When I first arrived in Sarajevo in the Autumn of 1996, the war and siege were over and the city was enjoying its long-awaited peace. Sarajevans took to its scarred streets in huge numbers, meeting with friends and drinking coffee safe in the knowledge they wouldn’t be struck down by a sniper or shell.
It was a time for simple pleasures. The war was over and life had returned like a stranger. Anxieties about the future, unemployment, PTSD and rebuilding their city would come later, eventually.
The Bosnian war had ended in late 1995 and the siege of Sarajevo was eventually lifted in February 1996. The longest siege in modern history, it lasted 1425 days: water and electricity were cut, and the city was riddled with sniper fire and bombarded with hundreds of shells daily. Ultimately, eleven thousand five hundred people were killed, sixteen hundred of whom were children.
This was urbicide, a late-20th-century Dresden or Stalingrad. Everyone who lived through the siege had a nightmare to share.
After my four months in Pakrac, I had grown used to living in a war-ravaged environment, but nothing could have prepared me for Sarajevo. The destruction of the city was jaw-dropping, surreal and seemingly total: rows upon rows of broken, bombed-out high-rise flats; shell craters and explosion indents everywhere; hospitals, offices and factories all in ruins. This was urbicide, a late-20th-century Dresden or Stalingrad. Everyone who lived through the siege had a nightmare to share.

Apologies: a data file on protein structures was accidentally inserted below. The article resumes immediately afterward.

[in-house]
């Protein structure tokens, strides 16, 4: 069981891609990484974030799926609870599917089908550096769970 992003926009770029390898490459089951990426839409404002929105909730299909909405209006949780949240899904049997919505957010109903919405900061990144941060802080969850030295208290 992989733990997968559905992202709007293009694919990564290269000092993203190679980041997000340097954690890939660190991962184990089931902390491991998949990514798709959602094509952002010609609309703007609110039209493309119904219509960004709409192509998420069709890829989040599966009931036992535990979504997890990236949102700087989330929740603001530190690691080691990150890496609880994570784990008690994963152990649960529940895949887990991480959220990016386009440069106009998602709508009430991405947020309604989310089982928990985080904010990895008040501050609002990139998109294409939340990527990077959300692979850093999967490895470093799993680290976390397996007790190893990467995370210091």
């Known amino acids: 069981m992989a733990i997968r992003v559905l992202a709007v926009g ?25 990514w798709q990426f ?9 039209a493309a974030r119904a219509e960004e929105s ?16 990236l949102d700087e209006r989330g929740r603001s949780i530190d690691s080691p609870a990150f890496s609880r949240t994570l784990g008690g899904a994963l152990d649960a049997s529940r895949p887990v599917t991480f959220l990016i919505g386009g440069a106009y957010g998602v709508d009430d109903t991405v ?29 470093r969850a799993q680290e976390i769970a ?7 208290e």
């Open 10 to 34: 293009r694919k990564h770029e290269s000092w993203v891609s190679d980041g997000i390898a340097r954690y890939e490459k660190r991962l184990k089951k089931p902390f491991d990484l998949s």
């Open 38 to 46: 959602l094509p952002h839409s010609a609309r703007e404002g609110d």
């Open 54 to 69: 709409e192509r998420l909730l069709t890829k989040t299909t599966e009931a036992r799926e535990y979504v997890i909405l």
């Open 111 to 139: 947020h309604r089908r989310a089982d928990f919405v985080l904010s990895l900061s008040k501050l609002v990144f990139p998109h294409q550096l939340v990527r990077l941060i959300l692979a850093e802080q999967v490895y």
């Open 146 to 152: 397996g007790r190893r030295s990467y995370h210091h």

I returned the following year in 1997 and, spurred on by the Pakrac project, set up my own photo project for children: The Sarajevo Camera Kids. Using donated equipment from Scotland, I set up a makeshift darkroom and organised photo classes in the basement of an orphanage. The children confined to Bjelave orphanage had suffered terribly – both because of the war, and from neglect and abuse. One journalist described the institution as “the worst place in Sarajevo apart from the morgue”.
After the siege was lifted, the orphanage was jam-packed with over 130 children, from babies to older children. The pupils I worked with were aged 6 to 16 and I taught them basic photography techniques: shooting with 35mm SLR film cameras, developing films, and printing.
Once word got around that there were photo classes going on, I was joined by more kids from the neighbourhood. I was overwhelmed by the interest and sometimes it got a bit chaotic, but the classes always seemed to work out, somehow. My basic language skills did not extend to teaching the technicalities of photography, so there were no themed assignments or lessons about shutter speeds.
The intention was to provide a creative outlet for these kids who had dealt with a near lifetime of war and siege. It had to be simple, practical and most importantly, it had to be fun. Children ran freely around their playgrounds and streets and photographed anything and everything that interested them – their playgrounds, their friends, their favourite hangouts, all against the backdrop of a ruined city.
I volunteered on the project for three consecutive summers, working in a local supermarket in Scotland to fund the trips. By 1999 I knew I would have to begin some sort of career, so made arrangements to hand over the running of the project to one of my older students.
The Sarajevo Camera Kids was a unique experience both for me and for my students. It led to lifelong friendships and connections, with the students and with the city of Sarajevo.
It also resulted in a unique photographic record of a city making its first tentative steps towards recovery after war.